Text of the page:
Church Responses to Pedophilia
Rigali, Norbert J., Theological Studies
When the first edition of The American Heritage Dictionary of the English Language was published a quarter of a century ago,(1) the key word in the title of this note was not in its lexicon. Nor was it listed even in the revision of the mid-1970s. But in the third edition of the dictionary, from the early 1990s, "pedophilia" finally appears and is defined as a sexual attraction felt by an adult toward a child or children.(2)
The late entry of "pedophilia" into an American dictionary is indicative of recent social change in North America and elsewhere. In the last decade or so, much has been learned about the sexual abuse of children. There have emerged an awareness of its far higher incidence than had hitherto been generally presupposed(3) and heightened understanding of both its perpetrators' aberration and the trauma and lasting damage caused to its Victims.(4) After a brief, introductory reflection on the problem's coming into public view in society and the Church, this note reviews official responses to the problem on the part of the Church in Canada and the United States.
The Emergence of the Problem
Lois Gehr Livezey suggests that the coming to light of the sexual abuse of children is linked with another social development, the feminist movement.(5) Relying on studies that show rape to be on the increase and coercive sex to be considered acceptable behavior by a high percentage of male high school and college students, Livezey argues that the sexual revolution was neither a revolution against coercive sexual activity nor a revolution for equality in male-female relations. It is the feminist revolution that broke the silence about sexual and family violence by exposing, first of all, the plight of battered wives.
A decade after a 1974 magazine article told of the founding of a shelter for battered women in England,(6) 500 shelters had been established in the United States. Society, Livezey adds, has gone on to acknowledge that "family violence" includes not only spouse abuse but also the abuse of children by parents and other relatives, abuse in other family relations and, more recently, coercive sexual relations in the form of marital rape and the sexual abuse of children. Even more unsecured in androcentric culture than women's rights, children's rights could become a matter of concern, Livezey suggests, only after the former had turned into a public issue. While Livezey's focus remains pretty much within the family, there is only one step between social concern about sexual abuse of children within the family and social concern about it outside the family.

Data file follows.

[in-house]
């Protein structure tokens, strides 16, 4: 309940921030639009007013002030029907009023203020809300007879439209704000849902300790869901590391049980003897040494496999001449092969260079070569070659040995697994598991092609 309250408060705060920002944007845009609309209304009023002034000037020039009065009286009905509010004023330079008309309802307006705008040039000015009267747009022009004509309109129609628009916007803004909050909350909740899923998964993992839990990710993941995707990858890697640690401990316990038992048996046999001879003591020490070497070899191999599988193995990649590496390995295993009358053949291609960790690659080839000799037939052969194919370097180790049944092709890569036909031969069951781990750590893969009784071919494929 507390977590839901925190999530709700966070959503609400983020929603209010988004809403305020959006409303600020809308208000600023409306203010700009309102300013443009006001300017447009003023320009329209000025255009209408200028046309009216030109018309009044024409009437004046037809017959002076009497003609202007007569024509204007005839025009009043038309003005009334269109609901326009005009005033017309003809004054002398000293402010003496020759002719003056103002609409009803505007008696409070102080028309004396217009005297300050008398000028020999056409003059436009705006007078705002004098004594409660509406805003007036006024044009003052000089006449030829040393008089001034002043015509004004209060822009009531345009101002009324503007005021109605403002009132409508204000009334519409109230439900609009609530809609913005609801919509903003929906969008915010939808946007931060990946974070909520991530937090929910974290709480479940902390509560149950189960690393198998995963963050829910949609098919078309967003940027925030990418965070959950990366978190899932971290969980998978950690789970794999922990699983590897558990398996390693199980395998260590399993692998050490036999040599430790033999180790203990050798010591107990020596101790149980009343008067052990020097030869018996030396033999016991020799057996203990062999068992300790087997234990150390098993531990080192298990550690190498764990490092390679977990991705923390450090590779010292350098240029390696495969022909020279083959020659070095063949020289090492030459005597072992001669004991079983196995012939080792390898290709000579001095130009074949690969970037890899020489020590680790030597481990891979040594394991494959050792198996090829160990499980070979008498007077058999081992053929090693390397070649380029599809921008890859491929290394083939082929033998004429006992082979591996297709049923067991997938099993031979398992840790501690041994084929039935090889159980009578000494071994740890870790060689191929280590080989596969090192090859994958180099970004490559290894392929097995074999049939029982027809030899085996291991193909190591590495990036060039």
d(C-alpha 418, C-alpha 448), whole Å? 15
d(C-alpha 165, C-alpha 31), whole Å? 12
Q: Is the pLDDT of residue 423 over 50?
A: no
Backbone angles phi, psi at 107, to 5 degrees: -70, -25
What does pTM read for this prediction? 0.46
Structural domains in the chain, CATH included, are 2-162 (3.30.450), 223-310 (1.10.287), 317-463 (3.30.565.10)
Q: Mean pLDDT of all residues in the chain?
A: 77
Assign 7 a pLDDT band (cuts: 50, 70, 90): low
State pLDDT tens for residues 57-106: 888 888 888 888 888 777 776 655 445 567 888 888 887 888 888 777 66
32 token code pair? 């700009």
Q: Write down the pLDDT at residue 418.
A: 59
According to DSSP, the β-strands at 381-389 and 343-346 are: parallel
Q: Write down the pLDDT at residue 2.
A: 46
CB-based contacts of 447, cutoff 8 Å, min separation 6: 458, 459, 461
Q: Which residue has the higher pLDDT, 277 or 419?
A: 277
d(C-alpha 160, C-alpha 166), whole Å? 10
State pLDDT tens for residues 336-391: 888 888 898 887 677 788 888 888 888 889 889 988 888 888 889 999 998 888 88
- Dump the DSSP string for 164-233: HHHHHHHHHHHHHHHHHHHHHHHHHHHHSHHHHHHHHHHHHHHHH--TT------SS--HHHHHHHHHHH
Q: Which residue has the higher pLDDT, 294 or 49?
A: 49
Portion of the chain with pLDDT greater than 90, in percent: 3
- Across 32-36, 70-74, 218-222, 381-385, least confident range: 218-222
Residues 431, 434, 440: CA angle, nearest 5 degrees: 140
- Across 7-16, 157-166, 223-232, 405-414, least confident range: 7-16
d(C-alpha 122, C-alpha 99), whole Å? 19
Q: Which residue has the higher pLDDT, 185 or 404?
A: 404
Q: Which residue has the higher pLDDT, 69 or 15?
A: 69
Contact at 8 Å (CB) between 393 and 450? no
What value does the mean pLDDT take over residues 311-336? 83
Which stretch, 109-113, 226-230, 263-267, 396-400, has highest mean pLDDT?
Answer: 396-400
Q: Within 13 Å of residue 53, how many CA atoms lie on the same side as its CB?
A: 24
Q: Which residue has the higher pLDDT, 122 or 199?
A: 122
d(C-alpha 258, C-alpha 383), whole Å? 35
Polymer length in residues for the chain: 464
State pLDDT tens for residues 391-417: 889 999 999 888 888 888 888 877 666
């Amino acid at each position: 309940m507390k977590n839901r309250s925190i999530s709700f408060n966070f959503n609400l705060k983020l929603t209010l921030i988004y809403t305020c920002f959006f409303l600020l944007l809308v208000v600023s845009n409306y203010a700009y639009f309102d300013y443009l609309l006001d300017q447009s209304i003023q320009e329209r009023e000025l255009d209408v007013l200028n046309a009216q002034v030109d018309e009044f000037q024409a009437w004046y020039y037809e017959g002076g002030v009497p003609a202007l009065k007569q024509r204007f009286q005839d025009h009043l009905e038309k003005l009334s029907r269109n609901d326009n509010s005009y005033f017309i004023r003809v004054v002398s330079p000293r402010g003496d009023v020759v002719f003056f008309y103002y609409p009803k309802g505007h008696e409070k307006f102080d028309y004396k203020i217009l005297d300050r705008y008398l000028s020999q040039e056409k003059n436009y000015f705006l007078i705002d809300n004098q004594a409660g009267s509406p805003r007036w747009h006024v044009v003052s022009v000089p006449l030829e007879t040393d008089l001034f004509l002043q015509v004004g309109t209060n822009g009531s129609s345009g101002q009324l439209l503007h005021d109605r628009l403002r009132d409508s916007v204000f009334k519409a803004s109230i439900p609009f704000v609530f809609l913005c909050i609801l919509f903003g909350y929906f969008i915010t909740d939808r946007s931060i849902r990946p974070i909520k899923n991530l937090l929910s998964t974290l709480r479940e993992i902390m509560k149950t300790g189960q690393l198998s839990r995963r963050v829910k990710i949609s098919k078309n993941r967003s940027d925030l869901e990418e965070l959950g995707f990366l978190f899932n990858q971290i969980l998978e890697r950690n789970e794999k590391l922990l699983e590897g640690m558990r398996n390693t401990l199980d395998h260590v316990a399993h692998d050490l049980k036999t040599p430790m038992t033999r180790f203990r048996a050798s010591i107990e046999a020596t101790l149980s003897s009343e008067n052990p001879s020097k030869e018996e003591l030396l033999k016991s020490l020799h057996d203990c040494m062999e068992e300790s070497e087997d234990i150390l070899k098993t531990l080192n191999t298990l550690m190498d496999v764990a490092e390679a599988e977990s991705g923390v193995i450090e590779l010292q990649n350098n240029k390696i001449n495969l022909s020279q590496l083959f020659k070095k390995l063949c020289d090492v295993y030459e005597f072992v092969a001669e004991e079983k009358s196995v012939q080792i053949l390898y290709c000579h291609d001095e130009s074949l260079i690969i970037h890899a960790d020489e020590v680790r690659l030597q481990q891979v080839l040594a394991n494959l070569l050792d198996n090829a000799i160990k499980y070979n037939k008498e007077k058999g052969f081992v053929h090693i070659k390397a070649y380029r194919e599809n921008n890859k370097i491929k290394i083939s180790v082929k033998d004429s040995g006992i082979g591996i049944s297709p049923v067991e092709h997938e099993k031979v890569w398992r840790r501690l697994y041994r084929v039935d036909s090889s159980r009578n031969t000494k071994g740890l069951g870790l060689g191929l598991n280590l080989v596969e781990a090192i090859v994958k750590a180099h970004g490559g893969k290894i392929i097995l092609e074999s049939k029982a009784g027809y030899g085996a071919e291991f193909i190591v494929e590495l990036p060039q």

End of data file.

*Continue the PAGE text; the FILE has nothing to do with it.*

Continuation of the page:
As attention has been drawn increasingly in recent years to the sexual abuse of children, officials of the Catholic Church in both Canada and the United States have had to deal publicly with abuse committed by priests or male religious.(7) In this country the Church and society as a whole were made aware of the problem by the National Catholic Reporter, whereas the Canadian Church's problem surfaced in the secular press of Canada.(8)
Official Church Responses in Canada
As the problem of child sexual abuse in the Church began to lose its invisibility in Canada, the Canadian bishops established guidelines for themselves in 1987. But these were not enough. After public disclosures and accusations concerning brothers at Mount Cashel Orphanage and priests of the archdiocese, the Archdiocese of St. John's, Newfoundland, established a commission of inquiry in 1989. Since a government commission had been set up to investigate matters at the orphanage, the archdiocesan commission focused on accusations concerning the priests and, more than a year later, submitted its long report on them.(9)
Among its findings the commission reported that because the archbishop had not acted vigorously on complaints and concerns brought to him, children continued to be abused by priests, even while the latter were under criminal investigation. …